The socio-cultural history of deafness began in France in the mid-18th century. Charles-Michel L’Épée - a then unknown priest to whom in 1791 the Constituent Assembly granted the title of benefactor of humanity - accidentally met two deaf sisters. Surprisingly for the time, they were able to communicate through visio-gestural language. This was a far cry from the life usually led by the deaf. In fact, being deaf has always meant being considered “naturally” unfit for any linguistic and cognitive activity. Yet L'Épée understood that to deconstruct this prejudice, having access to instruction by sight could be the answer. As his unexpected meeting had shown him, the latter had "at hand" a language which they spontaneously mastered and which reversed any order of discourse concerning them. This is exactly what L’Épée achieved when he decided to “mould” the natural language of the deaf into a “methodical” system of signs and, ultimately, sign language. From then on we can see a change in attitude which has not been matched since. By gaining the right to their own words, the deaf can finally live as citizens. However, in the 19th century, the cultural history of deafness slowed down dramatically. There even came a time when it came to a complete halt. Indeed, following the famous Milan Congress of 1880, the use of sign language was banned from all schools for the deaf. In Italy as elsewhere, it took more than a century before sign language emerged from clandestinity into which this event had forced it. At the same time, it must be said that in a way we have never left the audism of which the Milan Congress was and still is the most explicit and defined expression. Traces of it remain at all levels of social and cultural life, notably in education and information policies. The period of the Covid-19 pandemic did not make any difference.

La surdité face à la pandémie. Un silence qui nous interroge tous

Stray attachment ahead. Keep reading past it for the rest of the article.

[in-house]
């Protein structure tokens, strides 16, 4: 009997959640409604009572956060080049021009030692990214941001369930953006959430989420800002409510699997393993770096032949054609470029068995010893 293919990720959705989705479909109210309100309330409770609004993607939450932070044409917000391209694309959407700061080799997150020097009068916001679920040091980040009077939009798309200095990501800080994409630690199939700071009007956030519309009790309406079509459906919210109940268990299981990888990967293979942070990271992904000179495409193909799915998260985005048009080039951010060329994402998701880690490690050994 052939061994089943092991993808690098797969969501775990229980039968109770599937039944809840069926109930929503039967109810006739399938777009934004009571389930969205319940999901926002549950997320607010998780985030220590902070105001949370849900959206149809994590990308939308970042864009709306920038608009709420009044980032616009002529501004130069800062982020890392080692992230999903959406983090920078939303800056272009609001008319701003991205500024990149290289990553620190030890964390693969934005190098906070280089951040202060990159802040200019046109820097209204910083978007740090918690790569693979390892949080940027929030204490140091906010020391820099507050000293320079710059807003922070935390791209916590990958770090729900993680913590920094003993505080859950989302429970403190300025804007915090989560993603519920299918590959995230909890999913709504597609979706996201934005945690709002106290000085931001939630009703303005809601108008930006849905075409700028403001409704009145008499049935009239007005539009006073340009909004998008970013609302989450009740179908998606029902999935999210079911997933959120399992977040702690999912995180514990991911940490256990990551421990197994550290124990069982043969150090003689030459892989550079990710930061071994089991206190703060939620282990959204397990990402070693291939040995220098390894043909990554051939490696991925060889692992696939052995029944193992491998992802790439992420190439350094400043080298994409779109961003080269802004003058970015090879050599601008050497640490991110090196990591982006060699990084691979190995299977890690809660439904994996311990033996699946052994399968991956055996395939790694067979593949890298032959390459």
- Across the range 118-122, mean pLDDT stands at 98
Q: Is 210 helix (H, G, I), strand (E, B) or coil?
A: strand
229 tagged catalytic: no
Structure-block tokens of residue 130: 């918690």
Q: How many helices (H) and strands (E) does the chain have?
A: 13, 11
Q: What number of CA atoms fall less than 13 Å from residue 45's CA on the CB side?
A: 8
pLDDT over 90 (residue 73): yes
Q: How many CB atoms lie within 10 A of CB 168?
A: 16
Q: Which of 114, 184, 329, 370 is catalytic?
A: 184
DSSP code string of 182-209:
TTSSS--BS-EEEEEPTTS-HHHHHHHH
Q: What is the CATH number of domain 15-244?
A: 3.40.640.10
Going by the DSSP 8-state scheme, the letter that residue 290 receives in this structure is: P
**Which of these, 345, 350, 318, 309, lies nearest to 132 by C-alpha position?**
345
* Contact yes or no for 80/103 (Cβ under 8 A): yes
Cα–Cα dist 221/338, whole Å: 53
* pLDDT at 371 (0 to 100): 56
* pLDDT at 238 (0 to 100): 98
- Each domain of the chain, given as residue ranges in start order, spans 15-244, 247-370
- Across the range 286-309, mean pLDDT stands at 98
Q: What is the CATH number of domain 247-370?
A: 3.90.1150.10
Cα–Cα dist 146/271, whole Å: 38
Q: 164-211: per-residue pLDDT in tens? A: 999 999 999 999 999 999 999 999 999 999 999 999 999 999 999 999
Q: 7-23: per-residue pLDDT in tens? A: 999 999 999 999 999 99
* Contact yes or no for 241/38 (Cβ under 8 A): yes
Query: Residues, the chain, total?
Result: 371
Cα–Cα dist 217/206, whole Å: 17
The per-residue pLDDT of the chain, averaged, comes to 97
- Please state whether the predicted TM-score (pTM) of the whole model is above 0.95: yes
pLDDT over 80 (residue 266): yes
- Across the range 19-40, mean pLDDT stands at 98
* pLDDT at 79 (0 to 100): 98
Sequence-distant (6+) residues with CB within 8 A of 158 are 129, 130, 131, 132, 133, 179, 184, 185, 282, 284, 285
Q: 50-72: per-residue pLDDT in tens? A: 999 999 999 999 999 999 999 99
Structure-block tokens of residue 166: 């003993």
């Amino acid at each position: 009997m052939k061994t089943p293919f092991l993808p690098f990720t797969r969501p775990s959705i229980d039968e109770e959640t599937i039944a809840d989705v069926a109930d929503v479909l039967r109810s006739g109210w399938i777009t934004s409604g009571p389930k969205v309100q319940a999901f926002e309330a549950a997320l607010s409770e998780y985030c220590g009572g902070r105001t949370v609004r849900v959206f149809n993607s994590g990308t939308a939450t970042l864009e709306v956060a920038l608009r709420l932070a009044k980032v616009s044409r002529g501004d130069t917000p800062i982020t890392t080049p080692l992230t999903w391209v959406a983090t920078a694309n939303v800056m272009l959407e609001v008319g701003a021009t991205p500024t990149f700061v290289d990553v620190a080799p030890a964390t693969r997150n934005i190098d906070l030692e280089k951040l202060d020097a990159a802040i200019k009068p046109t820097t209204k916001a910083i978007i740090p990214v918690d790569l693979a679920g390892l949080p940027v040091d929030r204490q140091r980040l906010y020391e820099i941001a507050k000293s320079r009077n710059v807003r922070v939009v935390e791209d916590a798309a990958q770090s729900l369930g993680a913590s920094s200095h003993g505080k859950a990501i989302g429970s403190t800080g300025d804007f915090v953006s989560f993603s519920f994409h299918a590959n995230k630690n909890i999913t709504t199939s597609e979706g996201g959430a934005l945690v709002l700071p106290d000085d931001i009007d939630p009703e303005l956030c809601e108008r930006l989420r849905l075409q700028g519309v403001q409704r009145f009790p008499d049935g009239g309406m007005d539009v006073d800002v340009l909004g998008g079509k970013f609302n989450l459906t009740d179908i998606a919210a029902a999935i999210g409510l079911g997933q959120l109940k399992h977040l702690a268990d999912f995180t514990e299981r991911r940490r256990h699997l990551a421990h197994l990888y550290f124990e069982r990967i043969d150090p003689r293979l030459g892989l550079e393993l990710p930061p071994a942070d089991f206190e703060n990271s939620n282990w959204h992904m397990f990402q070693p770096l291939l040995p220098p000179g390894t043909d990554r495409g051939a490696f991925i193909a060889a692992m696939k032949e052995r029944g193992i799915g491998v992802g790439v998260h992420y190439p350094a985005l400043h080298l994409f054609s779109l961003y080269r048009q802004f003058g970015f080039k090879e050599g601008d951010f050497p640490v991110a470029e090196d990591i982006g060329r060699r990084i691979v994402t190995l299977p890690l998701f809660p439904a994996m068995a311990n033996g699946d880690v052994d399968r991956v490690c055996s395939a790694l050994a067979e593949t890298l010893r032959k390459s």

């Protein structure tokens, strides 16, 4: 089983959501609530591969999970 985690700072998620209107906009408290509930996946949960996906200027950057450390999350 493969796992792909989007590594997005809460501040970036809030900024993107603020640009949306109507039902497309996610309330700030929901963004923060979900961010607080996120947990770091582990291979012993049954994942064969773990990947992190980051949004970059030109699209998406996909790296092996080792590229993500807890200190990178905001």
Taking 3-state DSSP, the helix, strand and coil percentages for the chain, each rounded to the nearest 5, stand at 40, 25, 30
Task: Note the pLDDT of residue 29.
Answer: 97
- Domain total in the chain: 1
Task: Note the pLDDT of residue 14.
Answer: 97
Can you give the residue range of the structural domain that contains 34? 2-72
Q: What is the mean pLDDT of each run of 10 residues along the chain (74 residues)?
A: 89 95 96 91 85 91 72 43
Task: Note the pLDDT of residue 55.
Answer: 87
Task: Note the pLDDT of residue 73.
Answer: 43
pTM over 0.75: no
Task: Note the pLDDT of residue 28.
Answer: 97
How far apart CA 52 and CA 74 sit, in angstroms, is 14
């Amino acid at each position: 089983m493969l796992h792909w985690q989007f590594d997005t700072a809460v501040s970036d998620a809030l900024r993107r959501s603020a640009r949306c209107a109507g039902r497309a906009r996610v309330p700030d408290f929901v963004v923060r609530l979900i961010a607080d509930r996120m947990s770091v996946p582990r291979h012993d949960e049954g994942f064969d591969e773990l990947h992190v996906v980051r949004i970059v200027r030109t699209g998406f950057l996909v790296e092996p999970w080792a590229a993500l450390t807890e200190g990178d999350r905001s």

Donata Chirico'
2021

Abstract

The socio-cultural history of deafness began in France in the mid-18th century. Charles-Michel L’Épée - a then unknown priest to whom in 1791 the Constituent Assembly granted the title of benefactor of humanity - accidentally met two deaf sisters. Surprisingly for the time, they were able to communicate through visio-gestural language. This was a far cry from the life usually led by the deaf. In fact, being deaf has always meant being considered “naturally” unfit for any linguistic and cognitive activity. Yet L'Épée understood that to deconstruct this prejudice, having access to instruction by sight could be the answer. As his unexpected meeting had shown him, the latter had "at hand" a language which they spontaneously mastered and which reversed any order of discourse concerning them. This is exactly what L’Épée achieved when he decided to “mould” the natural language of the deaf into a “methodical” system of signs and, ultimately, sign language. From then on we can see a change in attitude which has not been matched since. By gaining the right to their own words, the deaf can finally live as citizens. However, in the 19th century, the cultural history of deafness slowed down dramatically. There even came a time when it came to a complete halt. Indeed, following the famous Milan Congress of 1880, the use of sign language was banned from all schools for the deaf. In Italy as elsewhere, it took more than a century before sign language emerged from clandestinity into which this event had forced it. At the same time, it must be said that in a way we have never left the audism of which the Milan Congress was and still is the most explicit and defined expression. Traces of it remain at all levels of social and cultural life, notably in education and information policies. The period of the Covid-19 pandemic did not make any difference.